The Outlook for International Law

The Outlook for International Law

The Outlook for International Law

The Outlook for International Law

Excerpt

'Success in politics, as in every other art, obviously before all else implies both knowledge of the material with which we have to deal, and also such concession as is necessary to the qualities of the material. Above all, in politics we have an art in which development depends upon small modifications. That is the true side of the conservative theory. To hurry on after logical perfection is to show oneself ignorant of the material of that social structure with which the politician has to deal. To disdain anything short of an organic change in thought or institution is infatuation.' (John Morley, On Compromise , ch. v.)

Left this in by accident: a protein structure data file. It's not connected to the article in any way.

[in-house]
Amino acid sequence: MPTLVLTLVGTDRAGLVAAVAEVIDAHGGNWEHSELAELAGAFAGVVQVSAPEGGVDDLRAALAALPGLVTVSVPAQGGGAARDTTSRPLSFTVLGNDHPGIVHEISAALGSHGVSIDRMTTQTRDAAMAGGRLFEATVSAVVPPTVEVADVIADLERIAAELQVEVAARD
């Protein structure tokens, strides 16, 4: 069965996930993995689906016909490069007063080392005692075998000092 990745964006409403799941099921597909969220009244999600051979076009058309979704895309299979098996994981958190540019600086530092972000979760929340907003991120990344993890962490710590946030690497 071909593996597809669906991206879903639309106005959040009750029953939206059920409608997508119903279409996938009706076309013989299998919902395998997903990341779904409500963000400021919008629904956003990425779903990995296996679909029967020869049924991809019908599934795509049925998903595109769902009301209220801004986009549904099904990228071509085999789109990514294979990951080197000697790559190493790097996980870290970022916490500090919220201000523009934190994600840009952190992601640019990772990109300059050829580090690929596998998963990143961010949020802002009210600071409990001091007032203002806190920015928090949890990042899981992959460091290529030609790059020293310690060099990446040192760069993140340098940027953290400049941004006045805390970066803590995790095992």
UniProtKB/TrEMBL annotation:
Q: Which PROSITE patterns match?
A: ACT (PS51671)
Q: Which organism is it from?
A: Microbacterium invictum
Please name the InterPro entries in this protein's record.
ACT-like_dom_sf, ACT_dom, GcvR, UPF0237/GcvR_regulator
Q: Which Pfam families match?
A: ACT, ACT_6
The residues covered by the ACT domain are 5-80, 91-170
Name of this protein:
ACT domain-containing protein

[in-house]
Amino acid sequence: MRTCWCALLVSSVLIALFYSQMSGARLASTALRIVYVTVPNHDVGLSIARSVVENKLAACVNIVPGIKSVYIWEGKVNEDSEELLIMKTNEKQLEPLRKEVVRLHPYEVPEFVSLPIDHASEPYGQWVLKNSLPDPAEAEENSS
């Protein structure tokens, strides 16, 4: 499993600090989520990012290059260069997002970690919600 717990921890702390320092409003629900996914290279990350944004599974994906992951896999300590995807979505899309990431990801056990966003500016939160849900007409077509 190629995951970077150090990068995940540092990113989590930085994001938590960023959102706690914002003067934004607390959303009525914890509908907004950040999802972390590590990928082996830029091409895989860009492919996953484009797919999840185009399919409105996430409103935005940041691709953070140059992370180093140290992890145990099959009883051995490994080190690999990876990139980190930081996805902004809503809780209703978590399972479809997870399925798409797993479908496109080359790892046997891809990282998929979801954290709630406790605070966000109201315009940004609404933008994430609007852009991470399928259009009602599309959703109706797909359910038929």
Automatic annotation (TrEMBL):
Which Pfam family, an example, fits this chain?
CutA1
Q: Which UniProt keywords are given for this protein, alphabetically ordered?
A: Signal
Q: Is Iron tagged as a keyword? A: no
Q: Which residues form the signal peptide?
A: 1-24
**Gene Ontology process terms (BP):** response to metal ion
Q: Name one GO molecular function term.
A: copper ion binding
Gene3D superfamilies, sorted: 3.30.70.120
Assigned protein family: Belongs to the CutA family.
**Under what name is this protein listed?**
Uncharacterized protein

WHEN the international order is rebuilt after the present war, international law will be one of the instruments that the architects will use. They will be bound to use it, if only because the settlement will involve the making of treaties, and treaties raise questions of drafting, of interpretation, of enforcement, and other questions, the answers to which belong to international law. But the part that international law can play, or the conditions on which we can hope to make it one of the pillars of a more stable world, cannot be determined by reasoning in the void or by wishful thinking. Too many people assume, generally without having given any serious thought to its character or its history, that international law is and always has been a sham. Others seem to think that it is a force with inherent strength of its own, and that if only we had the sense to set the lawyers to work to draft a comprehensive code for the nations, we might live together in peace and all would be well with the world. Whether the cynic or the sciolist is the less helpful is hard to say, but both of them make the same mistake. They both assume that international law is a subject on which anyone can form his opinions intuitively, without taking the trouble . . .

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